This was the most annoying problem I dealt with, because it demanded a lot of work for absolutely no reason. If get_files_struct and put_files_struct were exported symbols, there would be no problem, but they are not, so I have no way to call them or mimic their functionality.

I spent a long time searching on GitHub to see how other people deal with this issue, and from what I found, they… don’t. The small amount of code I could find naively calls atomic_inc and atomic_dec_and_test. If the reference count hits zero, they do nothing to free the file descriptor table, therefore leaking memory.

After a lot of searching, the only solution I could come up with was to modify and rebuild the kernel myself, exporting the functions this time. It’s a shitty solution for sure, since it means I now must install a custom kernel on any machine I want to run C Playground on, and it also means I’m now responsible for keeping the kernel up to date. However, I can’t think of any other options. Android and OpenWRT appear to have done the same thing. I’m not sure why this isn’t a thing in mainline Linux. I meant to ask in the Linux forums, but I was too intimidated and never got around to it.

The patch I applied is literally two lines long. It took me a long time to figure out how to build the kernel, and it took almost five hours to compile… But once that was finished, I was able to call get_files_struct and put_files_struct to properly guard that memory!

With that, my forkpipebomb test finally ran consistently with no problems.

umair-akbar-debugging process 10 - Wrote some code to production and fried an entire server

I fixed the problem by rebuilding the kernel and calling get_files_struct and put_files_struct.


It has been eight months and the code hasn’t crashed since, so I think I fixed everything, but to be honest, I’m still not sure! 🙂 I guess that’s how things work in kernel land. I know there are thread sanitizers and race detectors for user space code, but I don’t know of equivalent tools for kernel code. It seems that much of the development process depends on knowledgeable developers and a good code review process. Without any past experience and without access to people who know what they’re talking about, this was a pretty challenging endeavor for me.

Lessons learned:

  • With code like this, debugging can be so difficult that it’s better to avoid mistakes in the first place. Of course, that’s easier said than done, but I probably could have saved a lot of time if I had invested more time into understanding how things are supposed to work in the Linux kernel before I wrote my module.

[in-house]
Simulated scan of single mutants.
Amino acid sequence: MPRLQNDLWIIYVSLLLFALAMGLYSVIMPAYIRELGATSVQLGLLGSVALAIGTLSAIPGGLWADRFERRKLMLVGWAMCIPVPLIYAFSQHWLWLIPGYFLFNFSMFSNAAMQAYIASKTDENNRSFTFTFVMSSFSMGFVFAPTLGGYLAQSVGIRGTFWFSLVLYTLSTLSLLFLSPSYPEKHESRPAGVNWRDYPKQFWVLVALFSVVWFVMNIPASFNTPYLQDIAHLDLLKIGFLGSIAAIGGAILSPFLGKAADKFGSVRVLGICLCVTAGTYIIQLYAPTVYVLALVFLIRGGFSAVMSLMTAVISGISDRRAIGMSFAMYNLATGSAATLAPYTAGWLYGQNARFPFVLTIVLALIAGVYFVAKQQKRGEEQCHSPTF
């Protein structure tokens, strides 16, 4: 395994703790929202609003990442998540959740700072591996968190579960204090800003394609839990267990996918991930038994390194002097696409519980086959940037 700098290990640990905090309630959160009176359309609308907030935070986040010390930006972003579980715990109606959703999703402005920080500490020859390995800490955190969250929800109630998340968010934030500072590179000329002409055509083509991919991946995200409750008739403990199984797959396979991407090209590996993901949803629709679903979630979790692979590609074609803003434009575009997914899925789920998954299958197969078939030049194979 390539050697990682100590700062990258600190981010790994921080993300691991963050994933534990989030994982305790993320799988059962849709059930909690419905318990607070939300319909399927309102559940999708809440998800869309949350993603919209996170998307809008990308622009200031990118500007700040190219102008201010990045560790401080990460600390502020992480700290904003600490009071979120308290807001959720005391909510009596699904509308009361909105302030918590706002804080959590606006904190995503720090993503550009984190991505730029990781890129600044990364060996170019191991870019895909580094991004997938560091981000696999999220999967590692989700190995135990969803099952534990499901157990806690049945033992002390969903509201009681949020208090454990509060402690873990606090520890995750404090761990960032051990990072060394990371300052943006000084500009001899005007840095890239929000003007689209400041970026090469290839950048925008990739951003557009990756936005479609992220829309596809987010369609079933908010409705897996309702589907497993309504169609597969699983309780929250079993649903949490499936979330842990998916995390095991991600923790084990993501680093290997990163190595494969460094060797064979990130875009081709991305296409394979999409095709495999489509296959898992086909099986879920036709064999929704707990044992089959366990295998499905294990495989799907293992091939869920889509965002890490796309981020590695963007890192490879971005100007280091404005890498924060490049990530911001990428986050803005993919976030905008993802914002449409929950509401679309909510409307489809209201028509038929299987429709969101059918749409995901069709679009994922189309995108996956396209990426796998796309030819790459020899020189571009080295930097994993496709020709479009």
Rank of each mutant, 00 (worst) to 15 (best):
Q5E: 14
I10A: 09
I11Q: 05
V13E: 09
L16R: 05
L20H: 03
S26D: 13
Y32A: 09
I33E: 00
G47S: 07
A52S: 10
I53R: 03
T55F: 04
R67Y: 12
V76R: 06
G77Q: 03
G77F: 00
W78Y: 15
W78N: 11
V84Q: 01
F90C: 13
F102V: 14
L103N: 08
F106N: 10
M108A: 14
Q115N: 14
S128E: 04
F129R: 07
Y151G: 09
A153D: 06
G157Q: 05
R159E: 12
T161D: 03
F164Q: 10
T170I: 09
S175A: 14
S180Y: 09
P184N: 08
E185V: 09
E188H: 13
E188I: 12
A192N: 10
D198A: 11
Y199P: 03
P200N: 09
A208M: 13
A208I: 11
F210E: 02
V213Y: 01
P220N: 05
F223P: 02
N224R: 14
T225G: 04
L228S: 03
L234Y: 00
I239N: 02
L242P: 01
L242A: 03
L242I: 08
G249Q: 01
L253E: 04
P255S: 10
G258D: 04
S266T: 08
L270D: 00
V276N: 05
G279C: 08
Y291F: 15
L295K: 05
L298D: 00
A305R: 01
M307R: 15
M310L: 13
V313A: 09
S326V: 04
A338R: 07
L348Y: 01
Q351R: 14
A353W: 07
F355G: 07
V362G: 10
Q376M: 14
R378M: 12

• Test thoroughly before releasing code! Of course, it’s impossible to come up with test cases for every edge case scenario, but I could have done much better here. My code deals with processes and file descriptors, so a natural stress test would have been to generate a ton of processes and file descriptors.
  • Sometimes, the simplest debugging techniques are the best ones. I spent so long trying to narrow down the problem before resorting to simply commenting out code, and ultimately, it was that technique that gave me the most mileage.
  • Don’t block inside of kernel critical sections. Critical sections in the kernel are different from critical sections in user-space code. Blocking while holding a lock can more easily cause deadlock and will kill performance when accessing core data structures.
  • The kernel uses reference counting extensively to manage memory. Incrementing a reference count is sort of like acquiring a lock in the sense that you are reserving a handle to the memory and ensuring that no one else frees it while you’re using it. Without incrementing the reference count, you don’t really have any guarantees that the memory you’re using won’t be freed.
  • The kernel is fairly aggressive about decrementing reference counts and freeing memory. Even if you have a reference-counted handle to task, that will not automatically give you handles to reference-counted data structures pointed to by task. (In our case, we had a handle to task, but also needed to get a reference-counted handle to task->files.)


  • I am not a kernel programmer, and I could not pretend to be one even if I tried. Linux developers, I am not sure how you do your thing, but I have mad respect for you.